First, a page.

Search results for 'Pain Perception' (try it on Scholar)

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  1. C. Richard Chapman (2004). Pain Perception, Affective Mechanisms, and Conscious Experience. In Thomas Hadjistavropoulos & Kenneth D. Craig (eds.), Pain: Psychological Perspectives. 59-85.score: 156.0
  2. George Pitcher (1970). Pain Perception. Philosophical Review 74 (July):368-93.score: 150.0
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  3. M. Tiengo (2003). Pain Perception, Brain and Consciousness. Neurological Sciences 24:76- 79.score: 150.0
  4. Candida S. McCabe Ailie J. Turton, Mark Palmer, Sharon Grieve, Timothy P. Moss, Jenny Lewis (2013). Evaluation of a Prototype Tool for Communicating Body Perception Disturbances in Complex Regional Pain Syndrome. Frontiers in Human Neuroscience 7.score: 144.0
    Patients with Complex Regional Pain Syndrome (CRPS) experience distressing changes in body perception. However representing body perception is a challenge. A digital media tool for communicating body perception disturbances was developed. A proof of concept study evaluating the acceptability of the application for patients to communicate their body perception is reported in this methods paper. Thirteen CRPS participants admitted to a two week inpatient rehabilitation program used the application in a consultation with a research nurse. (...)
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  5. Moreland Perkins (2005). An Indirectly Realistic, Representational Account of Pain(Ed) Perception. In Murat Aydede (ed.), Pain: New Essays on its Nature and the Methodology of its Study. Cambridge Ma: Bradford Book/Mit Press.score: 138.0
     
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  6. A. Demertzi, E. Racine, M.-A. Bruno, D. Ledoux, O. Gosseries, A. Vanhaudenhuyse, M. Thonnard, A. Soddu, G. Moonen & S. Laureys (2013). Pain Perception in Disorders of Consciousness: Neuroscience, Clinical Care, and Ethics in Dialogue. [REVIEW] Neuroethics 6 (1):37-50.score: 132.0
    Pain, suffering and positive emotions in patients in vegetative state/unresponsive wakefulness syndrome (VS/UWS) and minimally conscious states (MCS) pose clinical and ethical challenges. Clinically, we evaluate behavioural responses after painful stimulation and also emotionally-contingent behaviours (e.g., smiling). Using stimuli with emotional valence, neuroimaging and electrophysiology technologies can detect subclinical remnants of preserved capacities for pain which might influence decisions about treatment limitation. To date, no data exist as to how healthcare providers think about end-of-life options (e.g., withdrawal of (...)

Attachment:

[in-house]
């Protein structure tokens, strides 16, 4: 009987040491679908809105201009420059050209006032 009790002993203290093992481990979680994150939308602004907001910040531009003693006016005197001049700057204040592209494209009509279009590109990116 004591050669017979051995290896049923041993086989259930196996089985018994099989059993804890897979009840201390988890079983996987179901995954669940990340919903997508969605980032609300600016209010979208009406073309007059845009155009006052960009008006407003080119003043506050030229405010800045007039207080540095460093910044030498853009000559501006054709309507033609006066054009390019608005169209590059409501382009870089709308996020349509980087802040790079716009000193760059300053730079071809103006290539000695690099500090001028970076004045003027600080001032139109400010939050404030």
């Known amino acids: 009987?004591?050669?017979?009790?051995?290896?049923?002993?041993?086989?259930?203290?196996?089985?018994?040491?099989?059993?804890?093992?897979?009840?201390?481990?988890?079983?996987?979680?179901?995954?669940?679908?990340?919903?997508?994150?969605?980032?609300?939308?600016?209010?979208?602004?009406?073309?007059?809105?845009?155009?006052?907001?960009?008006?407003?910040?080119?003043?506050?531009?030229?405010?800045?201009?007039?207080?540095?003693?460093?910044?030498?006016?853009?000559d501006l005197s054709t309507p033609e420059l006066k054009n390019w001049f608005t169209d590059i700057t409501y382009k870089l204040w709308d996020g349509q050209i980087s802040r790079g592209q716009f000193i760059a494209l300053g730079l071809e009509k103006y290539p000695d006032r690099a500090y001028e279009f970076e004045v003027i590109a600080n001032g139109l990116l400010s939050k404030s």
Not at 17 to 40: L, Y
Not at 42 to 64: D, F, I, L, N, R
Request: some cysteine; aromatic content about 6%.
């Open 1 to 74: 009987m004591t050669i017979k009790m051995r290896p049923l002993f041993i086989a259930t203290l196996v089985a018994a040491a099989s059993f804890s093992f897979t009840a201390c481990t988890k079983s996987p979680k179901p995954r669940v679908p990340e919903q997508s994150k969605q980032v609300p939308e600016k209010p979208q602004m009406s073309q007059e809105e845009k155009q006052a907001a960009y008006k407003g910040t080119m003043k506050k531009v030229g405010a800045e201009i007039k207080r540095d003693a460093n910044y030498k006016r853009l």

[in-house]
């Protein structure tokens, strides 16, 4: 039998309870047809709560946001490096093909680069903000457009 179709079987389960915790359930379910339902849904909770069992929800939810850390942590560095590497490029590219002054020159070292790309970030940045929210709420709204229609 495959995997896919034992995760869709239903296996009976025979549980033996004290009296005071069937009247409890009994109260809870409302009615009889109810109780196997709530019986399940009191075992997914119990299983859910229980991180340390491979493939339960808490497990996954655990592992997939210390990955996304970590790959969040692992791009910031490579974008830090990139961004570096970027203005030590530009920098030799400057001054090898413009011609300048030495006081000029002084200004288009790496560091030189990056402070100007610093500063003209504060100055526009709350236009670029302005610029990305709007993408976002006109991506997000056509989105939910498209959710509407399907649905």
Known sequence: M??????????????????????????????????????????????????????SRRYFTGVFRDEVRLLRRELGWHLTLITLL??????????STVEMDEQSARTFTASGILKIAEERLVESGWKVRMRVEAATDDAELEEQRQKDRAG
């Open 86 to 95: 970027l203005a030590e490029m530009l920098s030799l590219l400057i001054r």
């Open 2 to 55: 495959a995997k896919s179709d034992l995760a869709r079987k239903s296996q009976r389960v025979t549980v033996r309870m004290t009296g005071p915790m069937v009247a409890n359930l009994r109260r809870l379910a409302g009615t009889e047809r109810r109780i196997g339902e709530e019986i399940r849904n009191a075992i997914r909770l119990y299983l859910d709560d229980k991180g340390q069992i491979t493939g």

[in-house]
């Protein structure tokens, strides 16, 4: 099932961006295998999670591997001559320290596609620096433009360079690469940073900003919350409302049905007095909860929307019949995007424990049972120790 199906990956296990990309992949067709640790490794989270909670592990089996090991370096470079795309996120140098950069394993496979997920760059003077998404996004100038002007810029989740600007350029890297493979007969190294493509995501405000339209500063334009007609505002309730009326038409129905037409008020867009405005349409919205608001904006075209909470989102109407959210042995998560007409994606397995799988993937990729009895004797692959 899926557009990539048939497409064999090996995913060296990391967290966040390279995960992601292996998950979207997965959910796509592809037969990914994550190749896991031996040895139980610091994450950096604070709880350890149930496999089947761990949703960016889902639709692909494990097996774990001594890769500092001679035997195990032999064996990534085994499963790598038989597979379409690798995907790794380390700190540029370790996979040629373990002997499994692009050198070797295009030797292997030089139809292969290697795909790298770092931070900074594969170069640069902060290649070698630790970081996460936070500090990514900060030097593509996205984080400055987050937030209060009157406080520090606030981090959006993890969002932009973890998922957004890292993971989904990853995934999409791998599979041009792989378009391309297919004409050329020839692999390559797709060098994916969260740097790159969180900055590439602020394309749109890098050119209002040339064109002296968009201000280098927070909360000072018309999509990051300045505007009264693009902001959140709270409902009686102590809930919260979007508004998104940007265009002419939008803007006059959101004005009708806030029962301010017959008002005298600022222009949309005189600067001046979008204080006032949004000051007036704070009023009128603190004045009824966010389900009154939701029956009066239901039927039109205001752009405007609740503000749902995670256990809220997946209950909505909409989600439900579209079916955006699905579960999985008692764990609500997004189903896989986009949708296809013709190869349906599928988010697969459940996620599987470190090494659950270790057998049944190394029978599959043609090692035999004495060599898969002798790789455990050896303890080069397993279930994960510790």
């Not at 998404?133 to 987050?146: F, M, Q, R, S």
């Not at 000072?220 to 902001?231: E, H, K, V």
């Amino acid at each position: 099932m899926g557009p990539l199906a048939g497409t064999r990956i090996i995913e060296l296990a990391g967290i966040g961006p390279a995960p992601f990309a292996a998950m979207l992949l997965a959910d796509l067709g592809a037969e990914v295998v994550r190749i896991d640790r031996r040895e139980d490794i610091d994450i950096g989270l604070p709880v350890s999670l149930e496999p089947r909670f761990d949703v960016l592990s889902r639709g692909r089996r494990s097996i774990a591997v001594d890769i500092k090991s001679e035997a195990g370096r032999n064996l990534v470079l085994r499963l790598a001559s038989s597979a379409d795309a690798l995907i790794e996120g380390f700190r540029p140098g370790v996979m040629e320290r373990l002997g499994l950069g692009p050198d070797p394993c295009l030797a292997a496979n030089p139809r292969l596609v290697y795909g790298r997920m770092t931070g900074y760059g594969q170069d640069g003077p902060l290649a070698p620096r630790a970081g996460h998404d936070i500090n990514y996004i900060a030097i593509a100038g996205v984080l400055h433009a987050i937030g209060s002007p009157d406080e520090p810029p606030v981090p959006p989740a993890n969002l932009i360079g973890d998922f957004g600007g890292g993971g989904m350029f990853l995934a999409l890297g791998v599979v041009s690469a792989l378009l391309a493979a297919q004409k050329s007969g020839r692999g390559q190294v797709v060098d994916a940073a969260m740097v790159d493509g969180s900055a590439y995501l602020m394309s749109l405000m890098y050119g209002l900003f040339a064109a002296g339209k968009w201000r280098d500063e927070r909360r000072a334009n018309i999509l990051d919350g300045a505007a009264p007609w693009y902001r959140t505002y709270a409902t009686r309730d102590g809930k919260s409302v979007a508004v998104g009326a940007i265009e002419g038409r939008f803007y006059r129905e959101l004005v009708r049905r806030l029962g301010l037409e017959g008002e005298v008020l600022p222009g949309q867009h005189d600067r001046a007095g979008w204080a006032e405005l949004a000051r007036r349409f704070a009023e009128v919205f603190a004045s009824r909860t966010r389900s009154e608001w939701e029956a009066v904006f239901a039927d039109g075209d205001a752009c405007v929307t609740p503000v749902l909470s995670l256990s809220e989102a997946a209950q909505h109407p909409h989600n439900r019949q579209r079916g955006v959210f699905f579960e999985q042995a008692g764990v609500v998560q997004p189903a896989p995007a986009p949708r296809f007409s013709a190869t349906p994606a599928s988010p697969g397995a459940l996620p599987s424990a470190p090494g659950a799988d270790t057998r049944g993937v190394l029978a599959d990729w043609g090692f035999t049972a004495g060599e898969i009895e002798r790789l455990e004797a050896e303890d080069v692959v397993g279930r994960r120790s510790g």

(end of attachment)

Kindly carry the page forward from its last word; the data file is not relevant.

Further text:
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  7. Joseph Margolis (1976). Pain and Perception. International Studies in Philosophy 8:3-12.score: 132.0
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  8. Richard Gray (2014). Pain, Perception and the Sensory Modalities: Revisiting the Intensive Theory. Review of Philosophy and Psychology 5 (1):87-101.score: 126.0
    Pain is commonly explained in terms of the perceptual activity of a distinct sensory modality, the function of which is to enable us to perceive actual or potential damage to the body. However, the characterization of pain experience in terms of a distinct sensory modality with such content is problematic. I argue that pain is better explained as occupying a different role in relation to perception: to indicate when the stimuli that are sensed in perceiving anything (...)
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  9. Murat Aydede (2009). Is Feeling Pain the Perception of Something? Journal of Philosophy 106 (10):531-567.score: 96.0
    According to the increasingly popular perceptual/representational accounts of pain (and other bodily sensations such as itches, tickles, orgasms, etc.), feeling pain in a body region is perceiving a non-mental property or some objective condition of that region, typically equated with some sort of (actual or potential) tissue damage. In what follows I argue that given a natural understanding of what sensory perception requires and how it is integrated with (dedicated) conceptual systems, these accounts are mistaken. I will (...)
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  10. K. J. S. Anand (2007). Consciousness, Cortical Function, and Pain Perception in Nonverbal Humans. Behavioral and Brain Sciences 30 (1):82-83.score: 96.0
    Postulating the subcortical organization of human consciousness provides a critical link for the construal of pain in patients with impaired cortical function or cortical immaturity during early development. Practical implications of the centrencephalic proposal include the redefinition of pain, improved pain assessment in nonverbal humans, and benefits of adequate analgesia/anesthesia for these patients, which certainly justify the rigorous scientific efforts required. (Published Online May 1 2007).